What Does a Blower Door Air Leakage Number Mean?

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If there was one number we could know about your house, do you know what it would be?

The title kinda gives it away. It’s not how big your house is, how much energy it uses, or what kind of furnace you have.

The one thing we want to know is your blower door number, how much your home leaks.

Blower doors are arguably the most important tool for making your home more comfortable and efficient. Here is what a blower door looks like. It’s our favorite picture, one where I lost a bet and had to wear a pink bunny suit:

Blower door with the Easter Bunny

Here is what a reading on the blower door looks like:

What a blower door air leakage reading looks like

What Does the Blower Door Number Mean?

Higher numbers are worse. It’s a linear scale, so 2000 is twice as bad as 1000. A good rule of thumb is that your home should have a blower door number less than or equal to its square footage. Here are some things to know:

  • a. If your home is 2000 square feet, a blower door number of 2000 cfm50 is decent (but not especially good).
  • b. If your home was 5000 square feet, we would like to see your number a good bit below 5000, perhaps 3500 or so. Larger homes are often a bit easier to tighten.
  • c. Old houses often have readings 2-3 times their square footage. A 2000 square foot house could have a 4000 – 6000 blower door number.
  • d. There is no such thing as a house that is too tight.
  • e. There IS a such thing as a tight house with inadequate ventilation – bad things build up in homes that need to be removed like moisture, chemical pollutants, carbon dioxide, particulates, and more. These things can make you or your family sick if they aren’t dealt with. You can read more about these on our Indoor Air Quality page.
  • f. Removing pollutants can be handled with a fresh air ventilation system with a very small energy penalty. Think of them like a window that’s open 24/7/365 but without the draft. They are good in both loose and tight homes. That’s a subject for another day.
  • g. Every 10 points on the blower door is about 1 square inch of air leak. So a 1400 cfm50 blower door number is about 1 square foot of air leakage across the whole home. That’s not that much to chase, so every little bit counts. (1400/10 = 140 square inches/144 square inches/square foot = 1 square foot)

Tipping Points

We often talk about tipping points here at Energy Smart Home Performance. Fall short of one and results suck. We wrote about two similar projects in similar homes that saw drastically different results. One home saved 9% in energy after the job, the other saved nearly 47%. The first home just didn’t go far enough. This is one example of why we say that Low Hanging Fruit is Poisoned. It takes more than a few little upgrades to see results. Don’t believe us? Go spend a bunch of money and when it doesn’t work, call us. Fair warning, you may have to pay to undo work, then pay again to do it right. You have been warned.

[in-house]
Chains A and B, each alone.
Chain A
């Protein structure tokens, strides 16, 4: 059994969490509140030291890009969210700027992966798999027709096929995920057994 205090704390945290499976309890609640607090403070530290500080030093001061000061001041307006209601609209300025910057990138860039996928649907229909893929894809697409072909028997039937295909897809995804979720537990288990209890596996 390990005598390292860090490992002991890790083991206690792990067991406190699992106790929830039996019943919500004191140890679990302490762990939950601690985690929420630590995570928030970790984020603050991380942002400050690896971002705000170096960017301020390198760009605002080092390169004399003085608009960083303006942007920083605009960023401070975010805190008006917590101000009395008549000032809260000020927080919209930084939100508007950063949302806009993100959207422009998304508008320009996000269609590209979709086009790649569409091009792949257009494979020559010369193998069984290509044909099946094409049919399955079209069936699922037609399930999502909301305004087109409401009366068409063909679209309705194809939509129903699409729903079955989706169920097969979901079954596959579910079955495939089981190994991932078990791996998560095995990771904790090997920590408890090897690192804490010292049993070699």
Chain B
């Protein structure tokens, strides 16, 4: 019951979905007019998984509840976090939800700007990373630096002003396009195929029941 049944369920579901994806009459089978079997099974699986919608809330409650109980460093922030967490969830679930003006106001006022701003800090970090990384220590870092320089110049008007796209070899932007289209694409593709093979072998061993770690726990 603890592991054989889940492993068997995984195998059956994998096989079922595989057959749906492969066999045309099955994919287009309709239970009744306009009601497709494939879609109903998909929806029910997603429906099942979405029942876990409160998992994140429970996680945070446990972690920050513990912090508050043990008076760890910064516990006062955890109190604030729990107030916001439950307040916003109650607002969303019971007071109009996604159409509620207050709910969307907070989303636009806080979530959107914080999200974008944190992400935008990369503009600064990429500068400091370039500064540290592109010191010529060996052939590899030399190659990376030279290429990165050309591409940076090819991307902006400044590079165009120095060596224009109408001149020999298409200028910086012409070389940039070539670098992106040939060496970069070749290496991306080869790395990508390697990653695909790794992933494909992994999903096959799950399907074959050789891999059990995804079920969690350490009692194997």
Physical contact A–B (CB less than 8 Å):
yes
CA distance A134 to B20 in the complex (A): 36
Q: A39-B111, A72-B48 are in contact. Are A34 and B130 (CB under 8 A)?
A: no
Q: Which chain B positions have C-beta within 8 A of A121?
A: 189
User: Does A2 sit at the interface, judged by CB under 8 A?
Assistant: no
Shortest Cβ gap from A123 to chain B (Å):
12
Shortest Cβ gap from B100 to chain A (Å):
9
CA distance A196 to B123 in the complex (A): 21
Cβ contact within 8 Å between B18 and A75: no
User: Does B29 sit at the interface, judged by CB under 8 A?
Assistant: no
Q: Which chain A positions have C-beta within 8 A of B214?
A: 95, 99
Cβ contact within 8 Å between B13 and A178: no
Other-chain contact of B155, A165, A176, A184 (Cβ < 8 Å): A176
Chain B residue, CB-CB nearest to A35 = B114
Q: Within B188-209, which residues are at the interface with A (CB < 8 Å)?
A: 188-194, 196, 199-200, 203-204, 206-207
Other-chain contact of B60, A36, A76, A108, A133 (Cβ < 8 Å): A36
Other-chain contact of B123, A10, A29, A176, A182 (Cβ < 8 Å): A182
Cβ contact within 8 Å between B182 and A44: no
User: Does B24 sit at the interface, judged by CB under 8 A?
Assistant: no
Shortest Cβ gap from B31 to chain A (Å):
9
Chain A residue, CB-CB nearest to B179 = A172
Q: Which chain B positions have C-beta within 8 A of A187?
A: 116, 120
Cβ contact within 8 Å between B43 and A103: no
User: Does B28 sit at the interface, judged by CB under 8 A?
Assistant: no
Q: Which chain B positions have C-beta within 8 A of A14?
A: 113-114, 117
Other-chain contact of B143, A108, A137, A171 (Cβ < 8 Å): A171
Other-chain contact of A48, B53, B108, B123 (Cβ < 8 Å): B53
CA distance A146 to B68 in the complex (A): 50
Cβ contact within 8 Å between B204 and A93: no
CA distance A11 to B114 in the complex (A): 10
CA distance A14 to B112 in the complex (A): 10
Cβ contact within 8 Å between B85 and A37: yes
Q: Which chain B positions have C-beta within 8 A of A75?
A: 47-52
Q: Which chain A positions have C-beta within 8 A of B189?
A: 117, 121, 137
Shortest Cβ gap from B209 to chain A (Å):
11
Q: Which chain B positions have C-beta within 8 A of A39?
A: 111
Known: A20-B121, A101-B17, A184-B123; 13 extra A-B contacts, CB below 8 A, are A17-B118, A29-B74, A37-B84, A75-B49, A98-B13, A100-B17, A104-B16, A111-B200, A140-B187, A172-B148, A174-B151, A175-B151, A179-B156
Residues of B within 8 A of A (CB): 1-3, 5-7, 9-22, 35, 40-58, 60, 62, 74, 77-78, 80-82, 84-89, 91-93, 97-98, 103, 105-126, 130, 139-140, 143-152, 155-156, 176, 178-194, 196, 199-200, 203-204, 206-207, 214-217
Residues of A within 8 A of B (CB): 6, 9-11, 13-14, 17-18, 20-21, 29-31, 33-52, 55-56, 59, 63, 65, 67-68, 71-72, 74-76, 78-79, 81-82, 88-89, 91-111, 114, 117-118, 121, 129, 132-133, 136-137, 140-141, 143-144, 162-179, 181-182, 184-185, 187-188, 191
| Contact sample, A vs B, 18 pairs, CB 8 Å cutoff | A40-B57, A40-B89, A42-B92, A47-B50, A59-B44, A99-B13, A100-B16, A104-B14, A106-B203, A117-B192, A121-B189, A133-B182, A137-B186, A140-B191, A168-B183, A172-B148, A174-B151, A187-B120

We find that the tipping point for air leakage comes around that 1:1 number of square footage to air leakage. Get below it and magic starts to happen. Some homes get there at 1:1.5 (a 2000 square foot home with a 3000 blower door number.) The HUGE caveat here is that it varies drastically by home type and the conditions found within that individual home. Without a thorough diagnosis, it’s a wild guess. Even with a thorough diagnosis, it’s only a well educated guess, nothing is set in stone.

Let’s Do an Example

Let’s use my house (Nate’s) as an example. For reference, the number on the left is 50.0 pascals, the pressure that we test air leakage at. The number to the right is the leakage of the house or the blower door number in cfm50. It tends to bounce a little, so I took 3950 as an average.

My home is a 2200 square foot 2 story colonial with a mostly finished basement, built in 1835 and heavily renovated in the last 30 years. Its blower door number is presently 3950. It was 4300 the first time I tested it before making a few tweaks. That’s a pretty mediocre number.

Here’s what it means, as well as what it would take to certify my home to a higher standard:

My house has about 2.75 square feet of air leakage. (3950/10/144 = 2.75) That’s like one good-sized window half open year round. I need to get about half of that out to get it in ‘decent’ range, which becomes likely to hit the tipping point of comfort and energy savings. That’s not a ton of leakage, when you think about it, considering 2.75 square feet makes my house pretty leaky. It’s literally a game of (square) inches.

To consider my house ‘decent’ I’d need to get the leakage down to about 2200 cfm50. That’s a hole the size of about two and a quarter sheets of letter sized paper.

To certify my home with the new Energy Star 3.0 designation, I’d need to get the air leakage under 1400 (among many other requirements). That’s about 1 square foot or a hole the size of 2 basketballs.